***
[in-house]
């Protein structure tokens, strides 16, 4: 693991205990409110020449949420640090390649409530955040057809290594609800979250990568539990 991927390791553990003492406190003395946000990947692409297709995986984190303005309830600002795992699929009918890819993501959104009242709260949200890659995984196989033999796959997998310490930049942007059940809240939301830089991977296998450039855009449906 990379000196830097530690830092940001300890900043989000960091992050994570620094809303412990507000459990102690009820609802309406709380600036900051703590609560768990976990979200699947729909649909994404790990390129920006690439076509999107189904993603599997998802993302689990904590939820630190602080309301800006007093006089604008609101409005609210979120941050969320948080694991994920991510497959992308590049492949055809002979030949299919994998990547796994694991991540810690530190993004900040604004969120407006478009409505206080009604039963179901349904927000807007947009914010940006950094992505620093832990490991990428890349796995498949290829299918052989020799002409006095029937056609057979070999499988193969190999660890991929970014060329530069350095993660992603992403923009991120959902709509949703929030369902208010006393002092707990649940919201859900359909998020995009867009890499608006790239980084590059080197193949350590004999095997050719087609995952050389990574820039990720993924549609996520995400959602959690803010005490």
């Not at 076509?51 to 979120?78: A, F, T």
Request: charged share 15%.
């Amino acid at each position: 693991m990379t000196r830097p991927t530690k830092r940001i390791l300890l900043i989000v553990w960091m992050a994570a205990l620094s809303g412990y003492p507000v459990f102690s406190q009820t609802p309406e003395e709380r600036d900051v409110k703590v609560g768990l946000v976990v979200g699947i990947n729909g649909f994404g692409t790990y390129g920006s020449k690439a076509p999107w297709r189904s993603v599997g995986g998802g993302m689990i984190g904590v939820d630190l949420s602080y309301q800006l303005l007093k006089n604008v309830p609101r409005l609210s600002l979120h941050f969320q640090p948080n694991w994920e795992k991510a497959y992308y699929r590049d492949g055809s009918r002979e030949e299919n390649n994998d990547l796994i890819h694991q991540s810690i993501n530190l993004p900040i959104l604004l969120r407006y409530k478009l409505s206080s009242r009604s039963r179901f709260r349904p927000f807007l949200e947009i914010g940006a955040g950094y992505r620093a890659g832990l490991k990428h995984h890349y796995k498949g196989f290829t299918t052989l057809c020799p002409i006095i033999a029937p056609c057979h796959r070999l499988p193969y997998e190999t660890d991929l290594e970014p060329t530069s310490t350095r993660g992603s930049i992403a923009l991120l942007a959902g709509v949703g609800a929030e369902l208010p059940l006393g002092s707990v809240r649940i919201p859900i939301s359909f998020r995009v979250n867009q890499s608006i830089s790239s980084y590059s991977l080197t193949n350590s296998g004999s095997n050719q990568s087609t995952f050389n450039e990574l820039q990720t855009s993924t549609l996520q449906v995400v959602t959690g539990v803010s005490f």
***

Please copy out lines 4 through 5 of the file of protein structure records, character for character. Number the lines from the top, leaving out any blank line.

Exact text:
Request: charged share 15%.
């Amino acid at each position: 693991m990379t000196r830097p991927t530690k830092r940001i390791l300890l900043i989000v553990w960091m992050a994570a205990l620094s809303g412990y003492p507000v459990f102690s406190q009820t609802p309406e003395e709380r600036d900051v409110k703590v609560g768990l946000v976990v979200g699947i990947n729909g649909f994404g692409t790990y390129g920006s020449k690439a076509p999107w297709r189904s993603v599997g995986g998802g993302m689990i984190g904590v939820d630190l949420s602080y309301q800006l303005l007093k006089n604008v309830p609101r409005l609210s600002l979120h941050f969320q640090p948080n694991w994920e795992k991510a497959y992308y699929r590049d492949g055809s009918r002979e030949e299919n390649n994998d990547l796994i890819h694991q991540s810690i993501n530190l993004p900040i959104l604004l969120r407006y409530k478009l409505s206080s009242r009604s039963r179901f709260r349904p927000f807007l949200e947009i914010g940006a955040g950094y992505r620093a890659g832990l490991k990428h995984h890349y796995k498949g196989f290829t299918t052989l057809c020799p002409i006095i033999a029937p056609c057979h796959r070999l499988p193969y997998e190999t660890d991929l290594e970014p060329t530069s310490t350095r993660g992603s930049i992403a923009l991120l942007a959902g709509v949703g609800a929030e369902l208010p059940l006393g002092s707990v809240r649940i919201p859900i939301s359909f998020r995009v979250n867009q890499s608006i830089s790239s980084y590059s991977l080197t193949n350590s296998g004999s095997n050719q990568s087609t995952f050389n450039e990574l820039q990720t855009s993924t549609l996520q449906v995400v959602t959690g539990v803010s005490f």